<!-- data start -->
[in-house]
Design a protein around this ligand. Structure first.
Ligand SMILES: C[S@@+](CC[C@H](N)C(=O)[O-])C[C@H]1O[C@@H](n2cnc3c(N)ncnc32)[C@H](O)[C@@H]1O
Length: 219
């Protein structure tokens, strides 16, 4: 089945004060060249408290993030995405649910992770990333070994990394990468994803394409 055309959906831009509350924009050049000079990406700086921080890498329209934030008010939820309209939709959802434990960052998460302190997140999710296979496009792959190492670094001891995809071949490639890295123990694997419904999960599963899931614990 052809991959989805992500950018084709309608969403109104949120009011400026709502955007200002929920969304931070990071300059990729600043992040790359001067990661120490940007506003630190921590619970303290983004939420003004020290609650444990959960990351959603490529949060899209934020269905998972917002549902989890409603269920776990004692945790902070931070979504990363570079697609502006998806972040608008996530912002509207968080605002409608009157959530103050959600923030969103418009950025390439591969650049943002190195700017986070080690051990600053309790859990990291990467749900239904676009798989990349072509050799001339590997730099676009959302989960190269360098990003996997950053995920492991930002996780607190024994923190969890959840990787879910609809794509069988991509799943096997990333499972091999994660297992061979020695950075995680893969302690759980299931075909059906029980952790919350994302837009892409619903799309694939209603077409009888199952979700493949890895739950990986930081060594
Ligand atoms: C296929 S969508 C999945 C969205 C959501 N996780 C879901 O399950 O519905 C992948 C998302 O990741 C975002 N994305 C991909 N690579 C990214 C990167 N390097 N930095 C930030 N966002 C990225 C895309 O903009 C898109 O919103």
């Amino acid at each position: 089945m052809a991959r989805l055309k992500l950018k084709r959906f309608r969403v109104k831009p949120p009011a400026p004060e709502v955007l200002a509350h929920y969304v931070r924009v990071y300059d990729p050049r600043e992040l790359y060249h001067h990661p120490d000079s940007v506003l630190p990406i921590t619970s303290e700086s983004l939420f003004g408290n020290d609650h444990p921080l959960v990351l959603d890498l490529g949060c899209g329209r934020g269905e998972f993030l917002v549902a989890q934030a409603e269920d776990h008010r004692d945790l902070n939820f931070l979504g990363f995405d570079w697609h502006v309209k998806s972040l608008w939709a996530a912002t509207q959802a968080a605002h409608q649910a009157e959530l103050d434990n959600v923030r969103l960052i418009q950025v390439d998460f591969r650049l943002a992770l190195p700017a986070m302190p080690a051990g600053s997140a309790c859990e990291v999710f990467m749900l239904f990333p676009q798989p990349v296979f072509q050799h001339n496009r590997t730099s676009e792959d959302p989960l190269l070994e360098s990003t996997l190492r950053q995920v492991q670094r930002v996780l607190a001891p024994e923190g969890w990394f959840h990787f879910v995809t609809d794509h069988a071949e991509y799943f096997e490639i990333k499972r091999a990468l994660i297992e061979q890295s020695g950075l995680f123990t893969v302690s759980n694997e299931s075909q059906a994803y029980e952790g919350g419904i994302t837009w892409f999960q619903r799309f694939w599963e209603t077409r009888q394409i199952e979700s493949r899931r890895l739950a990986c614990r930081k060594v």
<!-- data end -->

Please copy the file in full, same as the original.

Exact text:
[in-house]
Design a protein around this ligand. Structure first.
Ligand SMILES: C[S@@+](CC[C@H](N)C(=O)[O-])C[C@H]1O[C@@H](n2cnc3c(N)ncnc32)[C@H](O)[C@@H]1O
Length: 219
């Protein structure tokens, strides 16, 4: 089945004060060249408290993030995405649910992770990333070994990394990468994803394409 055309959906831009509350924009050049000079990406700086921080890498329209934030008010939820309209939709959802434990960052998460302190997140999710296979496009792959190492670094001891995809071949490639890295123990694997419904999960599963899931614990 052809991959989805992500950018084709309608969403109104949120009011400026709502955007200002929920969304931070990071300059990729600043992040790359001067990661120490940007506003630190921590619970303290983004939420003004020290609650444990959960990351959603490529949060899209934020269905998972917002549902989890409603269920776990004692945790902070931070979504990363570079697609502006998806972040608008996530912002509207968080605002409608009157959530103050959600923030969103418009950025390439591969650049943002190195700017986070080690051990600053309790859990990291990467749900239904676009798989990349072509050799001339590997730099676009959302989960190269360098990003996997950053995920492991930002996780607190024994923190969890959840990787879910609809794509069988991509799943096997990333499972091999994660297992061979020695950075995680893969302690759980299931075909059906029980952790919350994302837009892409619903799309694939209603077409009888199952979700493949890895739950990986930081060594
Ligand atoms: C296929 S969508 C999945 C969205 C959501 N996780 C879901 O399950 O519905 C992948 C998302 O990741 C975002 N994305 C991909 N690579 C990214 C990167 N390097 N930095 C930030 N966002 C990225 C895309 O903009 C898109 O919103």
């Amino acid at each position: 089945m052809a991959r989805l055309k992500l950018k084709r959906f309608r969403v109104k831009p949120p009011a400026p004060e709502v955007l200002a509350h929920y969304v931070r924009v990071y300059d990729p050049r600043e992040l790359y060249h001067h990661p120490d000079s940007v506003l630190p990406i921590t619970s303290e700086s983004l939420f003004g408290n020290d609650h444990p921080l959960v990351l959603d890498l490529g949060c899209g329209r934020g269905e998972f993030l917002v549902a989890q934030a409603e269920d776990h008010r004692d945790l902070n939820f931070l979504g990363f995405d570079w697609h502006v309209k998806s972040l608008w939709a996530a912002t509207q959802a968080a605002h409608q649910a009157e959530l103050d434990n959600v923030r969103l960052i418009q950025v390439d998460f591969r650049l943002a992770l190195p700017a986070m302190p080690a051990g600053s997140a309790c859990e990291v999710f990467m749900l239904f990333p676009q798989p990349v296979f072509q050799h001339n496009r590997t730099s676009e792959d959302p989960l190269l070994e360098s990003t996997l190492r950053q995920v492991q670094r930002v996780l607190a001891p024994e923190g969890w990394f959840h990787f879910v995809t609809d794509h069988a071949e991509y799943f096997e490639i990333k499972r091999a990468l994660i297992e061979q890295s020695g950075l995680f123990t893969v302690s759980n694997e299931s075909q059906a994803y029980e952790g919350g419904i994302t837009w892409f999960q619903r799309f694939w599963e209603t077409r009888q394409i199952e979700s493949r899931r890895l739950a990986c614990r930081k060594v």